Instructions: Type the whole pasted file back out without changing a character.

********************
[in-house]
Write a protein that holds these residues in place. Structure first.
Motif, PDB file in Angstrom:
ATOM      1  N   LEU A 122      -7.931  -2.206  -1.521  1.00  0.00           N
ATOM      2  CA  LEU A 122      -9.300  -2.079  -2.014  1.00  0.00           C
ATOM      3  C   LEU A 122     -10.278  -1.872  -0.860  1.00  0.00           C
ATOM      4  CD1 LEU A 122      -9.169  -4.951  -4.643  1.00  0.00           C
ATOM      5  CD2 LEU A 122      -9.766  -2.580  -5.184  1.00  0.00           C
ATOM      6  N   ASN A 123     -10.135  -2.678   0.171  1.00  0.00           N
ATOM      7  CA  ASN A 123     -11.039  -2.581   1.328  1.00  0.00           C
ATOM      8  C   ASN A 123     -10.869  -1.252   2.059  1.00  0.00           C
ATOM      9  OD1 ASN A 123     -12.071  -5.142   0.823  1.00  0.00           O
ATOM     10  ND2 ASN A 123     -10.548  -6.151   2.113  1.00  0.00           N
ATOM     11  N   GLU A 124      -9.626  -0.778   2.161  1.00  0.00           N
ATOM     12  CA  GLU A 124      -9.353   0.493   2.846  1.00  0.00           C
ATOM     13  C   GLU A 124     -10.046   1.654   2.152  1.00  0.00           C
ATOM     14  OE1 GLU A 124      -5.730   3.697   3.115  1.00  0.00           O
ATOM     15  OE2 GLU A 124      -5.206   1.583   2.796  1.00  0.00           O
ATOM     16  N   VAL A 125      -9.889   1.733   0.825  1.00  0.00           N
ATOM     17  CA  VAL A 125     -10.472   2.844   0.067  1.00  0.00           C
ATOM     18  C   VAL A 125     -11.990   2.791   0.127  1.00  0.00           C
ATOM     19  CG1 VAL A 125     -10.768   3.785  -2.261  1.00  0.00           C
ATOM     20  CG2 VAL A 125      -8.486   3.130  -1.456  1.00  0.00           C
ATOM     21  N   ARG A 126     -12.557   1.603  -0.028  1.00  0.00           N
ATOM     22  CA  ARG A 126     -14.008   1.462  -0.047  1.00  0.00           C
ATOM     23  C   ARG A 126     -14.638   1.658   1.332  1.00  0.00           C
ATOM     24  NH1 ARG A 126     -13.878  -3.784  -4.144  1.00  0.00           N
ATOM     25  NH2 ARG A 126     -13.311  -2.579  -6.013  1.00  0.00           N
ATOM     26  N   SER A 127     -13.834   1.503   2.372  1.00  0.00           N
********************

[in-house]
Write a protein that holds these residues in place. Structure first.
Motif, PDB file in Angstrom:
ATOM      1  N   LEU A 122      -7.931  -2.206  -1.521  1.00  0.00           N
ATOM      2  CA  LEU A 122      -9.300  -2.079  -2.014  1.00  0.00           C
ATOM      3  C   LEU A 122     -10.278  -1.872  -0.860  1.00  0.00           C
ATOM      4  CD1 LEU A 122      -9.169  -4.951  -4.643  1.00  0.00           C
ATOM      5  CD2 LEU A 122      -9.766  -2.580  -5.184  1.00  0.00           C
ATOM      6  N   ASN A 123     -10.135  -2.678   0.171  1.00  0.00           N
ATOM      7  CA  ASN A 123     -11.039  -2.581   1.328  1.00  0.00           C
ATOM      8  C   ASN A 123     -10.869  -1.252   2.059  1.00  0.00           C
ATOM      9  OD1 ASN A 123     -12.071  -5.142   0.823  1.00  0.00           O
ATOM     10  ND2 ASN A 123     -10.548  -6.151   2.113  1.00  0.00           N
ATOM     11  N   GLU A 124      -9.626  -0.778   2.161  1.00  0.00           N
ATOM     12  CA  GLU A 124      -9.353   0.493   2.846  1.00  0.00           C
ATOM     13  C   GLU A 124     -10.046   1.654   2.152  1.00  0.00           C
ATOM     14  OE1 GLU A 124      -5.730   3.697   3.115  1.00  0.00           O
ATOM     15  OE2 GLU A 124      -5.206   1.583   2.796  1.00  0.00           O
ATOM     16  N   VAL A 125      -9.889   1.733   0.825  1.00  0.00           N
ATOM     17  CA  VAL A 125     -10.472   2.844   0.067  1.00  0.00           C
ATOM     18  C   VAL A 125     -11.990   2.791   0.127  1.00  0.00           C
ATOM     19  CG1 VAL A 125     -10.768   3.785  -2.261  1.00  0.00           C
ATOM     20  CG2 VAL A 125      -8.486   3.130  -1.456  1.00  0.00           C
ATOM     21  N   ARG A 126     -12.557   1.603  -0.028  1.00  0.00           N
ATOM     22  CA  ARG A 126     -14.008   1.462  -0.047  1.00  0.00           C
ATOM     23  C   ARG A 126     -14.638   1.658   1.332  1.00  0.00           C
ATOM     24  NH1 ARG A 126     -13.878  -3.784  -4.144  1.00  0.00           N
ATOM     25  NH2 ARG A 126     -13.311  -2.579  -6.013  1.00  0.00           N
ATOM     26  N   SER A 127     -13.834   1.503   2.372  1.00  0.00           N